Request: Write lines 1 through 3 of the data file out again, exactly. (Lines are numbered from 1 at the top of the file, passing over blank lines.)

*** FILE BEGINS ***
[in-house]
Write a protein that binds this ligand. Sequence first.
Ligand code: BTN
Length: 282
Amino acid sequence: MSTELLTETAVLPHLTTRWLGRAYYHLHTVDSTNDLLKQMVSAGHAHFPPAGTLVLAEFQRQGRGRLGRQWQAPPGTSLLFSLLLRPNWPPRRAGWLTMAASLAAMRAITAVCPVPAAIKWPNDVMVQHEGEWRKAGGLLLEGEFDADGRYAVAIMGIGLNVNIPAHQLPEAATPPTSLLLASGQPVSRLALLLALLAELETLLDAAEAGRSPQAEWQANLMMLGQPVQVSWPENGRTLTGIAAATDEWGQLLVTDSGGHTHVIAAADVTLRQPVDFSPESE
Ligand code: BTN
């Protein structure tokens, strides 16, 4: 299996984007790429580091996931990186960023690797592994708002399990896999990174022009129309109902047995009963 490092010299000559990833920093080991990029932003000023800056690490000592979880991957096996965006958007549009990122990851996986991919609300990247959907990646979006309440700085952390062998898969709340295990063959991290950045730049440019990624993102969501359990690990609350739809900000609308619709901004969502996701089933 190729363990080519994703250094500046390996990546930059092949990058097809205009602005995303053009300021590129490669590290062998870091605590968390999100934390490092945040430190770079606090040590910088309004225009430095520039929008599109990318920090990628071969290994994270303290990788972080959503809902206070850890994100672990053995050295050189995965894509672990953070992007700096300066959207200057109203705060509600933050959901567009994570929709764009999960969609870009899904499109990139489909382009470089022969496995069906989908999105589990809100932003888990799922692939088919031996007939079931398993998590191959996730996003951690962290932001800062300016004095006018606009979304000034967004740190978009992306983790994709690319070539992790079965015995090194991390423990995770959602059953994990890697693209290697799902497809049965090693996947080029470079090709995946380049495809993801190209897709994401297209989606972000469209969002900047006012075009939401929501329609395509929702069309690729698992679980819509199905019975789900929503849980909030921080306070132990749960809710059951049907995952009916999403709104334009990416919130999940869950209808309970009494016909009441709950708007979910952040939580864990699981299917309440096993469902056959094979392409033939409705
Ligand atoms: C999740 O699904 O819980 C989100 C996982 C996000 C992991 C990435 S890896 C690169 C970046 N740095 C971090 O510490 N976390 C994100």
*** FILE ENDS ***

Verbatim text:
[in-house]
Write a protein that binds this ligand. Sequence first.
Ligand code: BTN